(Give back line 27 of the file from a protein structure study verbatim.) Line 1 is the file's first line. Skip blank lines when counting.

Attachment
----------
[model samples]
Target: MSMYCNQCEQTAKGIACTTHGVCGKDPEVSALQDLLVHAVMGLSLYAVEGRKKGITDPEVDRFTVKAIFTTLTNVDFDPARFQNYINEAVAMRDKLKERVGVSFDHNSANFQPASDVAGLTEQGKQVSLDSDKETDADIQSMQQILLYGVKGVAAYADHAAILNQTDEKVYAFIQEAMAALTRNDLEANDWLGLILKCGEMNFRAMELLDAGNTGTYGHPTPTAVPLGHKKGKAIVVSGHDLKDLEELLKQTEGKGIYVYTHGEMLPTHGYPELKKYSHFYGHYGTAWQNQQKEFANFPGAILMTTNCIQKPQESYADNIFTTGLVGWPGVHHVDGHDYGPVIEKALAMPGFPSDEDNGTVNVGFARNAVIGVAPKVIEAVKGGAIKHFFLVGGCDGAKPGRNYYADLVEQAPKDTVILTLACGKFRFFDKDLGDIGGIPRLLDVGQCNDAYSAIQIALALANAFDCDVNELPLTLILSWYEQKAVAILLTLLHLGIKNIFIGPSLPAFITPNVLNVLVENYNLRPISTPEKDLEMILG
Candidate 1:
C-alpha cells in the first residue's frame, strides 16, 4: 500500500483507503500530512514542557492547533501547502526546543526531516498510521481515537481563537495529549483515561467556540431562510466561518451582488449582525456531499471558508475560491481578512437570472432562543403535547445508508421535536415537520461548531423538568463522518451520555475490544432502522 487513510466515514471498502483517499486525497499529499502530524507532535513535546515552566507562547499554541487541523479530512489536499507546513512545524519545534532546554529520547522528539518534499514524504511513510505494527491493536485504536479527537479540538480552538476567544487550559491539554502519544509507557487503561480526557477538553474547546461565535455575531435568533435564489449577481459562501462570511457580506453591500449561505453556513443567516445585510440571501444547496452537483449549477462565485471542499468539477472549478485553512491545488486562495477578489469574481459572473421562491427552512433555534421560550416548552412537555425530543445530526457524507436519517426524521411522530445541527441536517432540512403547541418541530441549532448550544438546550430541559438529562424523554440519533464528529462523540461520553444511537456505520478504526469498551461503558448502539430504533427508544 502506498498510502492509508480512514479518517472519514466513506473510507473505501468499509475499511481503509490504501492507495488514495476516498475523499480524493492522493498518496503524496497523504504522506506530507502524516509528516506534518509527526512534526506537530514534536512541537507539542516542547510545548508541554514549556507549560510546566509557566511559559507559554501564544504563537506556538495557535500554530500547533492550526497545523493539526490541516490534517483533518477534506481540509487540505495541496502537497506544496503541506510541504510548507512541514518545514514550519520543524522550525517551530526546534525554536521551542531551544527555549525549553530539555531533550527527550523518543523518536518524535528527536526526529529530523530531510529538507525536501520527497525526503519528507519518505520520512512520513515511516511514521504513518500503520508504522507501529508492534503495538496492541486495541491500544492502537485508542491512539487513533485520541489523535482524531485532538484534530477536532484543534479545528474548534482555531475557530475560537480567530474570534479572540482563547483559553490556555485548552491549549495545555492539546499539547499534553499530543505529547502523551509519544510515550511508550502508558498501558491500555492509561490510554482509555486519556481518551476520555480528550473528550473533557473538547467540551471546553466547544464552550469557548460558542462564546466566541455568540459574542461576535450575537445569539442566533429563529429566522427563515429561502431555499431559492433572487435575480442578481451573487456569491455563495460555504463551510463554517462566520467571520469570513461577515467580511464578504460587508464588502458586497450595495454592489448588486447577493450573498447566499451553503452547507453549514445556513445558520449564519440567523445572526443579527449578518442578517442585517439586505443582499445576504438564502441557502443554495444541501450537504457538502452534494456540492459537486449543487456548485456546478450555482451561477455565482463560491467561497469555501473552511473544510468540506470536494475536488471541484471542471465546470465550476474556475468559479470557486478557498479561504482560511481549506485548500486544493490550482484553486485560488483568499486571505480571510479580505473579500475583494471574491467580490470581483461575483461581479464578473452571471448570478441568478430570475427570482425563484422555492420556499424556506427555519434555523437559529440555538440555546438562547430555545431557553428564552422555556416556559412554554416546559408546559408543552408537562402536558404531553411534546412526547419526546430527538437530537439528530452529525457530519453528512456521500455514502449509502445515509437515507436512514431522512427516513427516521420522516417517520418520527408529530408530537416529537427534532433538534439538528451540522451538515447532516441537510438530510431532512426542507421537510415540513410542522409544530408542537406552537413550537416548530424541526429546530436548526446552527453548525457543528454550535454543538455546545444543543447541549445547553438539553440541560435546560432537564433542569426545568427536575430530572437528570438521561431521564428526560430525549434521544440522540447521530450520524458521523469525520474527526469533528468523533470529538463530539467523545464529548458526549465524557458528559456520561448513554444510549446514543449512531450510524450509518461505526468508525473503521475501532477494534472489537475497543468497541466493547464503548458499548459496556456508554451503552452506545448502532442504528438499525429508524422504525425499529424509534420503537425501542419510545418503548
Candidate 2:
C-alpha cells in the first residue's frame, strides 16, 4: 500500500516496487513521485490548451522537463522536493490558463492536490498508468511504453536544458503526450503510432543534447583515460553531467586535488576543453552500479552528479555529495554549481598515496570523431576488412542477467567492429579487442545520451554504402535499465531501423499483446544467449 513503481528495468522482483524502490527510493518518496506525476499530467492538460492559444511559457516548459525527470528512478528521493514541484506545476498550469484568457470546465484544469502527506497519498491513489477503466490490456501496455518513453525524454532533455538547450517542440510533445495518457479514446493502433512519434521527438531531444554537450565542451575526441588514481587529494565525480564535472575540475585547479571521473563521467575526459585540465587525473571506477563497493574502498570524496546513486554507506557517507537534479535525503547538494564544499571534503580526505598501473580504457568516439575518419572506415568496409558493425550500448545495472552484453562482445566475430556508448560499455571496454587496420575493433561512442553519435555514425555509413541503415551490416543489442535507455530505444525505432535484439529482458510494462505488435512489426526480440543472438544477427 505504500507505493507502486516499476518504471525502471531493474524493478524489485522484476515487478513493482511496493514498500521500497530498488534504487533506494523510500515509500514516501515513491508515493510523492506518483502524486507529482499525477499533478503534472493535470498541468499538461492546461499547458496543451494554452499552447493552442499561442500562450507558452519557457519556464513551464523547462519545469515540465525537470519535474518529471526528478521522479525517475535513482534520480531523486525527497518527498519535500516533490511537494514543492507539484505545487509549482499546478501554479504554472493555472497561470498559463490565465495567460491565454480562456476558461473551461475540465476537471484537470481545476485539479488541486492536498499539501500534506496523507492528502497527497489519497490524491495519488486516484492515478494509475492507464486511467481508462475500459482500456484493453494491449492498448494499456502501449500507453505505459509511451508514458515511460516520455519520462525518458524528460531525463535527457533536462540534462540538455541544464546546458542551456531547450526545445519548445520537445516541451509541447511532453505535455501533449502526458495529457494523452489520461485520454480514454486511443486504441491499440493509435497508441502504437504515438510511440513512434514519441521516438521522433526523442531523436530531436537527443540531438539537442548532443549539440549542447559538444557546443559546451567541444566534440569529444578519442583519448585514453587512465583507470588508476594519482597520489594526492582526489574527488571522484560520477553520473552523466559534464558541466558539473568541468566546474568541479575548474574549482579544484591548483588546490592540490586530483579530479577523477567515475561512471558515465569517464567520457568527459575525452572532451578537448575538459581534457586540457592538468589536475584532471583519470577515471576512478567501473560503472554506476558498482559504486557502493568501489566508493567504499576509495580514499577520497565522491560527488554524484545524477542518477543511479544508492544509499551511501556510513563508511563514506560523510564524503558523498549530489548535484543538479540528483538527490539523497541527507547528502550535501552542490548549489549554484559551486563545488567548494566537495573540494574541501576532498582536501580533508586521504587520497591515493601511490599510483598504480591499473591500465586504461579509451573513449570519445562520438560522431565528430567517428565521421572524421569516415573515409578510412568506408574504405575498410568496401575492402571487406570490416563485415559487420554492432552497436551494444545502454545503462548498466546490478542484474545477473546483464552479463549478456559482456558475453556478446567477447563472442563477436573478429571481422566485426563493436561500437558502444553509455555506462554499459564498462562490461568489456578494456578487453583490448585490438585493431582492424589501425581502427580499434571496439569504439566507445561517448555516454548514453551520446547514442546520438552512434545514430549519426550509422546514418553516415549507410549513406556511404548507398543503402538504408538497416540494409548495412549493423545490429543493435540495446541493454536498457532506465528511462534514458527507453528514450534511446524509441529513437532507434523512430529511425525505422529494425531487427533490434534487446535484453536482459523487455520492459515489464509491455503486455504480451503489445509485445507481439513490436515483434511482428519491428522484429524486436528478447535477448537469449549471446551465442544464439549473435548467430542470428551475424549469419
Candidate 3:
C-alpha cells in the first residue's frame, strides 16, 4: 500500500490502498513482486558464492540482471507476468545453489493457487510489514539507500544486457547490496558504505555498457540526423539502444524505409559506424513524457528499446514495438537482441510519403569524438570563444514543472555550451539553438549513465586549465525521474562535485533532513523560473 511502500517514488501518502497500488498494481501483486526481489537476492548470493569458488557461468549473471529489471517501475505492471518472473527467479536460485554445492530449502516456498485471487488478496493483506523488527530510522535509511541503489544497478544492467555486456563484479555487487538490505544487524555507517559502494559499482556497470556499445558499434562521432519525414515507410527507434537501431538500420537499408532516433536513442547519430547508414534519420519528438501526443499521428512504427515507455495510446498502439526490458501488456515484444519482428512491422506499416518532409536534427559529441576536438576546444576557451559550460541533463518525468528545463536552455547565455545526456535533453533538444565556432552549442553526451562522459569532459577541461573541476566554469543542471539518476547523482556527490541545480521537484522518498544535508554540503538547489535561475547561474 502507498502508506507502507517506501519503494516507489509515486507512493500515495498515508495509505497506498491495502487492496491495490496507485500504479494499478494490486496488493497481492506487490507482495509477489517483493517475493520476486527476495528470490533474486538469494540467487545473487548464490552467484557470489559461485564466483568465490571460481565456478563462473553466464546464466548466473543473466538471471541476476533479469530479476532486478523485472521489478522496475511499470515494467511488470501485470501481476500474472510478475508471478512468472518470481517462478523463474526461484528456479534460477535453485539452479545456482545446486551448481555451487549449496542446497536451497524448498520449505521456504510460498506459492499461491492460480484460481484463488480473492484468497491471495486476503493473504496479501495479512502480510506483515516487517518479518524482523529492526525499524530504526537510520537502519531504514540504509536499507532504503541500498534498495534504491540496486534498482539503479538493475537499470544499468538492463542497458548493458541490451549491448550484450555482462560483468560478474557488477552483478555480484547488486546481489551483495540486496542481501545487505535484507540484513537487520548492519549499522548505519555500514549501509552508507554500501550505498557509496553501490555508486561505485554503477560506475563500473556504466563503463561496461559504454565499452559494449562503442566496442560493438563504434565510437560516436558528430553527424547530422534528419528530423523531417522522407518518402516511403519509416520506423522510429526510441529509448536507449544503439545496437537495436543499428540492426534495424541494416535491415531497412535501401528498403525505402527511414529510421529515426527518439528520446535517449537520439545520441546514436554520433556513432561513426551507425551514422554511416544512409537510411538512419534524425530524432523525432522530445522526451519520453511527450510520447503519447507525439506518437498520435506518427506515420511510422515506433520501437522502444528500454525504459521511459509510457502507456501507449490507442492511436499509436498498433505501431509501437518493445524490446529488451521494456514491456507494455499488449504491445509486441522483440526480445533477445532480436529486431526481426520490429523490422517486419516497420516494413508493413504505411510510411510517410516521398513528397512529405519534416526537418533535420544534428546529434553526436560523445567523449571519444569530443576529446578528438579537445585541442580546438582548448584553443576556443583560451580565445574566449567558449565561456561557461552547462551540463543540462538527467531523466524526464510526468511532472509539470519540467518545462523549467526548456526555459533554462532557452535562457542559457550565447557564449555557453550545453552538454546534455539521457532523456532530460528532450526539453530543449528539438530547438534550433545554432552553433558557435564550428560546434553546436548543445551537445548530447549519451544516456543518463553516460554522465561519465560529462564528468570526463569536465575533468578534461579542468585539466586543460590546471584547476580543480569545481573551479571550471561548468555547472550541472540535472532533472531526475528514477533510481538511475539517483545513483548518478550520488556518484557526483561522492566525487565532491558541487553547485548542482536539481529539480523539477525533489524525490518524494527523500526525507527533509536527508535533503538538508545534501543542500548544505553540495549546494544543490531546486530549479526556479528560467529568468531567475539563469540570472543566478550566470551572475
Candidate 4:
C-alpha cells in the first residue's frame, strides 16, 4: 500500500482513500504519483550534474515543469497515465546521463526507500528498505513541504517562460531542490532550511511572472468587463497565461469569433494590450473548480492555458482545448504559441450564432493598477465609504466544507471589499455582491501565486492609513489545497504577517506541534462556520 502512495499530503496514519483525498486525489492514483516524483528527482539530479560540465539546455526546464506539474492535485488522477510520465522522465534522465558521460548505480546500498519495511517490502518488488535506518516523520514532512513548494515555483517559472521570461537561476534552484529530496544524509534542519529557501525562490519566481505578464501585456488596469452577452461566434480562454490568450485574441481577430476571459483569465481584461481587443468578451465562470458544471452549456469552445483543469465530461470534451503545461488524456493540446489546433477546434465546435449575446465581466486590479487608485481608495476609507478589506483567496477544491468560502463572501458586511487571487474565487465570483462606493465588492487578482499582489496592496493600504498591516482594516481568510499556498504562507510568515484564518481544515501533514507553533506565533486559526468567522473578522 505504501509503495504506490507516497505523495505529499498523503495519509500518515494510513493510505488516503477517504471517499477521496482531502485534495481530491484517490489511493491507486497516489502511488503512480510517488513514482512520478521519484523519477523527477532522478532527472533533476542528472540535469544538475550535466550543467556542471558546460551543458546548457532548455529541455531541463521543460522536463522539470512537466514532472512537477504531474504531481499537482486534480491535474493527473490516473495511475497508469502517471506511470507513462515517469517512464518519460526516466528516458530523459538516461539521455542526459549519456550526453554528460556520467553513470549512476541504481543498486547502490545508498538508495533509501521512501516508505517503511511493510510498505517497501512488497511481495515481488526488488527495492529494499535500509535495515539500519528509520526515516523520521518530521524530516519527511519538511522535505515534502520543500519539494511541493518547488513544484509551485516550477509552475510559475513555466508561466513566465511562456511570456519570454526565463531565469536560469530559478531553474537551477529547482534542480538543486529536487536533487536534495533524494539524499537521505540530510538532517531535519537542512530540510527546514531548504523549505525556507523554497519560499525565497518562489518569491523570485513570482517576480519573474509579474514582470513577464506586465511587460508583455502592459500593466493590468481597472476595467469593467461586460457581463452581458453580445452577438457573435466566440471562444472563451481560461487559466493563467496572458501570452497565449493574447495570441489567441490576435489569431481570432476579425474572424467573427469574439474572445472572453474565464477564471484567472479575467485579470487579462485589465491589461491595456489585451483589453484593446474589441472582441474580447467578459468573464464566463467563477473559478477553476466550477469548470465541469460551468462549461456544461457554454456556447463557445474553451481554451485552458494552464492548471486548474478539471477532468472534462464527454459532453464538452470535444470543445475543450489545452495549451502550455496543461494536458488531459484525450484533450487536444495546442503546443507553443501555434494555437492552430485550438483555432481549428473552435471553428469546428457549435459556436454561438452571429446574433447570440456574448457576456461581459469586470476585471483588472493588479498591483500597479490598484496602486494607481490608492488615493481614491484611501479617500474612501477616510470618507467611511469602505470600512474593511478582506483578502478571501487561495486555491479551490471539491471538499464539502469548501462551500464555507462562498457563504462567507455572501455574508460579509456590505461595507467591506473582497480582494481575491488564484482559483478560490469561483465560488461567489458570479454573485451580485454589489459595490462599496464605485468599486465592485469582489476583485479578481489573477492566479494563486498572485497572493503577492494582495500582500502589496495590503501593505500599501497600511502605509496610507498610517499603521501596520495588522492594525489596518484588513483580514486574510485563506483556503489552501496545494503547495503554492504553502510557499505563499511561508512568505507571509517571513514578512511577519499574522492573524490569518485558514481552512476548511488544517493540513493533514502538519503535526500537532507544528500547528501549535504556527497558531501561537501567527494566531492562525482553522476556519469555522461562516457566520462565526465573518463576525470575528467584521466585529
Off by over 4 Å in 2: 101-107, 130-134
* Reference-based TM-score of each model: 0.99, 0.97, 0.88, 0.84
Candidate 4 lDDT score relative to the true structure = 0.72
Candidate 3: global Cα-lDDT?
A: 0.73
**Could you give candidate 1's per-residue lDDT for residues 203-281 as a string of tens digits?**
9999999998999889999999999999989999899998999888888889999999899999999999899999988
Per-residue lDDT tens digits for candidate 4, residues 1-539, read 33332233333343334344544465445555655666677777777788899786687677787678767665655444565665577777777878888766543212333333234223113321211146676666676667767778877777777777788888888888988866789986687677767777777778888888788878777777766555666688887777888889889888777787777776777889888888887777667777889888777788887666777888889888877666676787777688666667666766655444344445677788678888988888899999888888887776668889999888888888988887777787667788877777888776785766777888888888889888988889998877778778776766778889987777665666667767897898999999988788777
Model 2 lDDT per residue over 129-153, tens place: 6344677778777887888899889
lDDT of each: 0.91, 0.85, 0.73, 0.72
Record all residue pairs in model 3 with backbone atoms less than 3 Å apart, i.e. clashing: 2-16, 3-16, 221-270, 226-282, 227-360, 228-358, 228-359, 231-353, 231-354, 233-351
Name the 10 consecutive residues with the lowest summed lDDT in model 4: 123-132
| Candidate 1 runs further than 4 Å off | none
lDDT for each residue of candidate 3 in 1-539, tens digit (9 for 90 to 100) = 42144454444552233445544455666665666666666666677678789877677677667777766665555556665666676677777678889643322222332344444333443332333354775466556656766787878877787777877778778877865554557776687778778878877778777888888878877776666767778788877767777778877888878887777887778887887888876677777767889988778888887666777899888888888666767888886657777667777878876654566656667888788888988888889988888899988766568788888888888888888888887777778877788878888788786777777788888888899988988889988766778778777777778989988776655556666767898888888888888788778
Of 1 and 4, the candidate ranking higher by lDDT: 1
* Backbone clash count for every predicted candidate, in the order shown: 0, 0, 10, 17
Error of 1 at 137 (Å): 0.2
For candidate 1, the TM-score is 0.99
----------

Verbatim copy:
Error of 1 at 137 (Å): 0.2